What Is the Oscars Red Carpet Made Of?

An inside look at what lies beneath the iconic crimson rugs of one of America's oldest traditions.

Getty Images / Kevork Djansezian

It’s Academy Awards season, and there’s a lot to look forward to for Sunday’s lineup: fashion, surprise winners, the golden statues, and one of the longest-standing traditions of the cinema award show: The Red Carpet.

The scarlet walkway has been rolled out through centuries for only the most beloved and worshiped humans, dating as far back as Ancient Greece, beginning with Aeschylus’ trilogy of plays Oresteia. In the first play, Agamemnon, the King is welcomed back to Greece after his battle at Troy by his evil wife Clytemnestra, who lays out red robes for him to walk on as he heads toward the castle. (Little does the King know that would be his last grand entrance, though: Clytemnestra winds up murdering her husband and his mistress Cassandra in a bloody bathtub stabbing.)

From those harsh beginnings was born the glamor of red carpets. The Pope is often greeted at new destinations with a red runway, royal weddings are typically decked out in red, and political dignitaries are honored with a red walkway to strut on. But, the most iconic place to find a red carpet is on Hollywood Boulevard.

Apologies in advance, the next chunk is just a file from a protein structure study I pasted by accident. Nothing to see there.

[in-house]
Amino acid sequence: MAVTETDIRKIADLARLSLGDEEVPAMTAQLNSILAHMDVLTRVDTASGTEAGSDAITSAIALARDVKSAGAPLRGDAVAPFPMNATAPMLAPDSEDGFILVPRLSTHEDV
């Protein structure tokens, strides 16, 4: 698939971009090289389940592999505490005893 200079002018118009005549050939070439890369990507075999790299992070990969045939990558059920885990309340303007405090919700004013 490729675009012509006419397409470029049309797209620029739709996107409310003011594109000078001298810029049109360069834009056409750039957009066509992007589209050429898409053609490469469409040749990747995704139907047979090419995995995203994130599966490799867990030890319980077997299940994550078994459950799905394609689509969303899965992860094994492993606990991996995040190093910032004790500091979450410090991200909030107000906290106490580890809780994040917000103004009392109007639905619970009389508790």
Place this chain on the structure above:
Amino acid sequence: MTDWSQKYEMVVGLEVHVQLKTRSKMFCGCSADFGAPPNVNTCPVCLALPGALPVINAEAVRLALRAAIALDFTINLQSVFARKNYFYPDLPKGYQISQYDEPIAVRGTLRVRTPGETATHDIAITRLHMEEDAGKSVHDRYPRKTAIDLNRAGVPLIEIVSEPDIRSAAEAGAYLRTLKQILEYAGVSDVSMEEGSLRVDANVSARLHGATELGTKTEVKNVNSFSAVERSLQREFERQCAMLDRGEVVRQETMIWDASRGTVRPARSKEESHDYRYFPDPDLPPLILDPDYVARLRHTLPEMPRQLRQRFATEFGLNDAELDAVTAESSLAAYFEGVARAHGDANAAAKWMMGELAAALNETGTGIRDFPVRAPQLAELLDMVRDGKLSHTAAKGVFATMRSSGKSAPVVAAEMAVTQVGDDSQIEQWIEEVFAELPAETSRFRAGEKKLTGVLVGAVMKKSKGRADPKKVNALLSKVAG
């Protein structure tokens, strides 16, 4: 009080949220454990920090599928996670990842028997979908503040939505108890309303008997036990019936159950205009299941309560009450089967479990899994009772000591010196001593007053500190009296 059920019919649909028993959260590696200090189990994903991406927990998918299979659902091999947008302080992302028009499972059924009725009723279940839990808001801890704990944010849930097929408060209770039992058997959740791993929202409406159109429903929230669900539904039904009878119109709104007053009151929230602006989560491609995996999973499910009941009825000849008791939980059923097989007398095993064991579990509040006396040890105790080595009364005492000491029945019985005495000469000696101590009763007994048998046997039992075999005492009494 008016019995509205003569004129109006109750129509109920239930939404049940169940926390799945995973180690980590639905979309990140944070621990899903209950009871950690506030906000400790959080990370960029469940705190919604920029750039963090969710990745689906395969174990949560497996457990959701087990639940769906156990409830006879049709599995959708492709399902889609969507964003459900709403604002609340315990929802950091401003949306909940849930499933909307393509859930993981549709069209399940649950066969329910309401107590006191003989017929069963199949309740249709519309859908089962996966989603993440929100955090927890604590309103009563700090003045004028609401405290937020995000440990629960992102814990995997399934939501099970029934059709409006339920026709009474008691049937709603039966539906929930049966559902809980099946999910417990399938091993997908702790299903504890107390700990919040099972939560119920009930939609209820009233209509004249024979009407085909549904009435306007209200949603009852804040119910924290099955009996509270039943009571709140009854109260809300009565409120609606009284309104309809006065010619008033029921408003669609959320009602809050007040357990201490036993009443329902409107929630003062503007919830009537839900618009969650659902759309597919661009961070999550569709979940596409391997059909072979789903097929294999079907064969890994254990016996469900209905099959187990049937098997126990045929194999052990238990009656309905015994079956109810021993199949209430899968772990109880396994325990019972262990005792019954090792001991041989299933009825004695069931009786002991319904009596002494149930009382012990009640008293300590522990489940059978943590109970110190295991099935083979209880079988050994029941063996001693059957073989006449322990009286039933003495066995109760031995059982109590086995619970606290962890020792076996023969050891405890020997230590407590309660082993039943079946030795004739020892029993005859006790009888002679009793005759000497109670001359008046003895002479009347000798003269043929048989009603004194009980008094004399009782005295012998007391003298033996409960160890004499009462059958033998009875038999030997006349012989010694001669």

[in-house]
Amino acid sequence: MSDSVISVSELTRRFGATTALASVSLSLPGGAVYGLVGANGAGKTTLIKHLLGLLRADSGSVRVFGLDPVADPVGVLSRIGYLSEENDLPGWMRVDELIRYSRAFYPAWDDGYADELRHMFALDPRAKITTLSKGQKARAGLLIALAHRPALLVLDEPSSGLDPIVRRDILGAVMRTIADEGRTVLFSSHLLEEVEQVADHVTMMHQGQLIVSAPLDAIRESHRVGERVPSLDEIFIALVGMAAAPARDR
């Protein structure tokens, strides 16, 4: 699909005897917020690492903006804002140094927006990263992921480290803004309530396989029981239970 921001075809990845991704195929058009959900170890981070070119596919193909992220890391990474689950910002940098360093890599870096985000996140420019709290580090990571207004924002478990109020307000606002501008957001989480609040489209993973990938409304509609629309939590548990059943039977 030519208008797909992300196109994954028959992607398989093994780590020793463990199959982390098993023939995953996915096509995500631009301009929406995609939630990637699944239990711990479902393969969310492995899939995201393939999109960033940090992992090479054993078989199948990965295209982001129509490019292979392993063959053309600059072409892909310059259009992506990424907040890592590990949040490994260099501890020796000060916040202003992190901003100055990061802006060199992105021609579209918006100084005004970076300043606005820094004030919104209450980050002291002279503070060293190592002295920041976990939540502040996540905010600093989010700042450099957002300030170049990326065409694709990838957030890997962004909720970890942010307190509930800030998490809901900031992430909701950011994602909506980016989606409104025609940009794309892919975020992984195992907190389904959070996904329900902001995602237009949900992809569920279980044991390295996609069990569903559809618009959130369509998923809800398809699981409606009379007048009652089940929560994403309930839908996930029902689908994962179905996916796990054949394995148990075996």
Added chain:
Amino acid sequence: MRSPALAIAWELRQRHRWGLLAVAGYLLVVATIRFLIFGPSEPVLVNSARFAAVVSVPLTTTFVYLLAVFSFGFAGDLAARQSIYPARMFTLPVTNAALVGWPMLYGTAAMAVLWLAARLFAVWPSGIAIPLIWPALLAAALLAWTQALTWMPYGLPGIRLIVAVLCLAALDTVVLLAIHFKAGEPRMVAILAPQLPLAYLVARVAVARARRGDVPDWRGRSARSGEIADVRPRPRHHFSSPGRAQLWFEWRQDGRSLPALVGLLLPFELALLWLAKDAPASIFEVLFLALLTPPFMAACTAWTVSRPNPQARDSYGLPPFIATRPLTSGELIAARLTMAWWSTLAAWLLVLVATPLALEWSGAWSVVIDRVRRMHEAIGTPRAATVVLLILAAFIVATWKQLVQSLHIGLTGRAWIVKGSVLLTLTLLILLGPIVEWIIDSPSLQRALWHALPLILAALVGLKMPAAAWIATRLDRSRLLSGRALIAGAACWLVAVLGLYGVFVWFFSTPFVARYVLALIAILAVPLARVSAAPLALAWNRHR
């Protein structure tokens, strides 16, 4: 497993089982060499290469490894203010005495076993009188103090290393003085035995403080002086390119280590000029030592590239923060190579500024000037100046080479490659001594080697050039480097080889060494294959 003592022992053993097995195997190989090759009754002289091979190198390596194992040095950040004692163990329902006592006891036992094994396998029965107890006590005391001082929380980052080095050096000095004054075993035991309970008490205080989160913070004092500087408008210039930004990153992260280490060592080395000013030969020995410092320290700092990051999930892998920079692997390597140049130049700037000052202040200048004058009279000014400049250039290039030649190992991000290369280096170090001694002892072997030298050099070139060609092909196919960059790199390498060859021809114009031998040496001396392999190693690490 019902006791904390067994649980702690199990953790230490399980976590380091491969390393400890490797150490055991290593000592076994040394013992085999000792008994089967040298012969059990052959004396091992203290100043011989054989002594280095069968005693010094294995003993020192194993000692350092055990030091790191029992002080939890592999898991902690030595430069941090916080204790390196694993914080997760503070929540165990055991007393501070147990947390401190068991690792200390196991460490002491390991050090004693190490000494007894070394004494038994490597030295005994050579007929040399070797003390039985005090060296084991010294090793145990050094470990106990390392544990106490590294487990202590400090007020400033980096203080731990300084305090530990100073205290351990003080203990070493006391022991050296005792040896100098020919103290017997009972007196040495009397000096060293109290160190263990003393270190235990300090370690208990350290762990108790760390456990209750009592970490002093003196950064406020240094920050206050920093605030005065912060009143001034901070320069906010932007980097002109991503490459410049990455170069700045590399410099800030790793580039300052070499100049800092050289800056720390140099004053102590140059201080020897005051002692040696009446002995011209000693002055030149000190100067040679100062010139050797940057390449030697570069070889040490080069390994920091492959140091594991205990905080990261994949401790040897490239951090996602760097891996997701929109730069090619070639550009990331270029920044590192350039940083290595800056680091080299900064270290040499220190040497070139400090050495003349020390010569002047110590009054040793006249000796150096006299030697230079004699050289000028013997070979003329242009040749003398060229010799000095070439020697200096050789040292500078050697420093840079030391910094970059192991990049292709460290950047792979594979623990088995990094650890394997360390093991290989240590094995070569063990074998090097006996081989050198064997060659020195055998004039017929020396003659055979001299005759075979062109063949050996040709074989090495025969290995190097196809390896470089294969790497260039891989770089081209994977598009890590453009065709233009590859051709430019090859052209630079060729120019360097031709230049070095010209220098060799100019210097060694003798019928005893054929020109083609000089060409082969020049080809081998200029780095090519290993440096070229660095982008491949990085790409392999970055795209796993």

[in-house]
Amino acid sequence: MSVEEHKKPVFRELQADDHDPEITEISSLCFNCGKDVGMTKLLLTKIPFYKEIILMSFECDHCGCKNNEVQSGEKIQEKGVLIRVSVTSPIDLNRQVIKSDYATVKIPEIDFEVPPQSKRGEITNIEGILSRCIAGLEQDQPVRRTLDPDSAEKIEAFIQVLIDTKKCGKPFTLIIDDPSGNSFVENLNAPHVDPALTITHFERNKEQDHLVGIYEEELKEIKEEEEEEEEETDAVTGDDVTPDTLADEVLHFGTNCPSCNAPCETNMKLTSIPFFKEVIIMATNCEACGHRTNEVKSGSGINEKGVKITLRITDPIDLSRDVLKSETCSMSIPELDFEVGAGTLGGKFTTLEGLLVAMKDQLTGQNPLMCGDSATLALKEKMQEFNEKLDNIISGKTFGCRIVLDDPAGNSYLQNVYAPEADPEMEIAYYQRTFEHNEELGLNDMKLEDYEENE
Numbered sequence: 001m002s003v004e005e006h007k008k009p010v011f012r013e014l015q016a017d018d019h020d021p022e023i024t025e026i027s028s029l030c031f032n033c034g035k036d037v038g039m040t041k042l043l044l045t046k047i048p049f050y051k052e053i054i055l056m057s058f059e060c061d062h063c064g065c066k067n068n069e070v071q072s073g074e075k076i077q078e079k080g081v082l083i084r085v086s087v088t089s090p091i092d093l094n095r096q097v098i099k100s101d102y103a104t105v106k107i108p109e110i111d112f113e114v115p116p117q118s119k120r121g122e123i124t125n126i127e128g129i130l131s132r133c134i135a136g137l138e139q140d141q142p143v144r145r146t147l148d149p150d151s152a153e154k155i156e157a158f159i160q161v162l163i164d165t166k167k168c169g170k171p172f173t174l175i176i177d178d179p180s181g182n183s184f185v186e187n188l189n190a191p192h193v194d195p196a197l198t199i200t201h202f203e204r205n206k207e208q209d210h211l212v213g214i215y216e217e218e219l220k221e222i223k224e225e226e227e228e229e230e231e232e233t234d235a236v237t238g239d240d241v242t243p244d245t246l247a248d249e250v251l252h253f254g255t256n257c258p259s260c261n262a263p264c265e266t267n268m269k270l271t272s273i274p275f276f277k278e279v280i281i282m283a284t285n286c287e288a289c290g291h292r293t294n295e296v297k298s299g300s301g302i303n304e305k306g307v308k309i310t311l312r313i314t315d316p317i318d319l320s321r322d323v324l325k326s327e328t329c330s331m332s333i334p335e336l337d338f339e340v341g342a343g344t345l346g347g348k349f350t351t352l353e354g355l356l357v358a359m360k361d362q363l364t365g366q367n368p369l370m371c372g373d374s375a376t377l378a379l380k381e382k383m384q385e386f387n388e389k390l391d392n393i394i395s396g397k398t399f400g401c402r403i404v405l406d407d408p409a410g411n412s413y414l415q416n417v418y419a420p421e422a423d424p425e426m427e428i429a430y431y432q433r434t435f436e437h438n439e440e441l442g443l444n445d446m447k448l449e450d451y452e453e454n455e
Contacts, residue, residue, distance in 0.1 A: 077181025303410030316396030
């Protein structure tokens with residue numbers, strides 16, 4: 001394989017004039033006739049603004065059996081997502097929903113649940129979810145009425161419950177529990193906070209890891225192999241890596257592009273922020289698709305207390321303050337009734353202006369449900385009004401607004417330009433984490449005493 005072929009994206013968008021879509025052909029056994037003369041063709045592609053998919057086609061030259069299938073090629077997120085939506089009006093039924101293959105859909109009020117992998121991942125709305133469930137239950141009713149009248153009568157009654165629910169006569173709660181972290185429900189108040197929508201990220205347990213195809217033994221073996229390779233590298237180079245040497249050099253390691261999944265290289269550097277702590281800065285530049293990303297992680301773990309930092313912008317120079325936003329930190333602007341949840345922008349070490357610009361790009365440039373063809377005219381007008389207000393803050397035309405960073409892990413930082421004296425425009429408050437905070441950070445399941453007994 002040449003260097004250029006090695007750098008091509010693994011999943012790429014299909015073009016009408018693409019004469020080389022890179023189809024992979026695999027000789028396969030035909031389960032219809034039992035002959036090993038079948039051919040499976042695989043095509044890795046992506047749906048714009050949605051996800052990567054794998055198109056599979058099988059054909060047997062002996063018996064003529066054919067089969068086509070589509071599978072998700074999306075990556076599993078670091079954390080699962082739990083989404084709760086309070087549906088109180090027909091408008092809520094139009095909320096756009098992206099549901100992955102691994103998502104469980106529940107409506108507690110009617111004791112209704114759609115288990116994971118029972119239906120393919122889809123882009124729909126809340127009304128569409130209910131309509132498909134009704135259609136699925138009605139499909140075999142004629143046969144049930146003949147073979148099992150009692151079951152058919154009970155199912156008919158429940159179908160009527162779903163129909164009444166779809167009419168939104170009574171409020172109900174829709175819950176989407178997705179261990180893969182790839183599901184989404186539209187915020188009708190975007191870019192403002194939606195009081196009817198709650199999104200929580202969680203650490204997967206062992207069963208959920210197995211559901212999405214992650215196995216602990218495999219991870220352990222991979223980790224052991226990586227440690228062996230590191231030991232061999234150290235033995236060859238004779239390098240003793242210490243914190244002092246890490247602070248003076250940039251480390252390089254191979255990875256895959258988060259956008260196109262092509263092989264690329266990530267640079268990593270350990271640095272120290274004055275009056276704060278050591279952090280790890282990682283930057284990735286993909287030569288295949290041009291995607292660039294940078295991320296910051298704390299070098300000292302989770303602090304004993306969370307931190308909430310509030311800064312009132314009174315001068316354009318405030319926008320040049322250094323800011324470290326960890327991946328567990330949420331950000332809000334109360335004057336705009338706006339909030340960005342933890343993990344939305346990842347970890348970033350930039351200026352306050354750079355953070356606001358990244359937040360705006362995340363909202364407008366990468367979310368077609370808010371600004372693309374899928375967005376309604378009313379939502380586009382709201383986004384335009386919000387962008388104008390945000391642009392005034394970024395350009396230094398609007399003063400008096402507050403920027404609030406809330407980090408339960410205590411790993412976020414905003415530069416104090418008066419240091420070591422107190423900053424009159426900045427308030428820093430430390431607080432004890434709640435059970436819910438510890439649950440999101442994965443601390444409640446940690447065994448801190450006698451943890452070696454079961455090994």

Actress Rachel McAdams on the red carpet at the 2016 Academy Awards.

Getty Images / Ethan Miller

According to the Los Angeles Times, the Oscars red carpet is 50,000 square feet and takes over 900 man-hours to install. Flooring company Signature Systems Group, based out of Santa Fe Springs, California, has been responsible for laying out the carpet for the past nine years.

Signature Systems purchases the nylon-based carpet from a factory in Georgia where it is rolled into 630-pound spindles. The company needs about 30 rolls to cover the job. Though they are secretive about certain aspects of the material, they do reveal that the particular shade — exclusively reserved for the event — is called Academy Red. But, the exact color code of the shade is kept under wraps.

The main goals for the crew as they lay out the material are to make it as wrinkle-free as possible so our precious celebrities don’t have an embarrassing trip — an accident like that could get the company fired. It takes a forklift, over a dozen men, and a lot of sweat to lay out the massive carpet.

Once complete, people will begin to fill the stands, careful not to touch the sacred rugs or they risk being scolded or even escorted out by security guards.

When it’s all over, the carpet is rolled back up never to be used again. Signature Systems says it’s destroyed, though they don’t reveal how. In short: We don’t really know what the red carpet is made of. But it’s an emblem of celebrity and wealth that is timeless.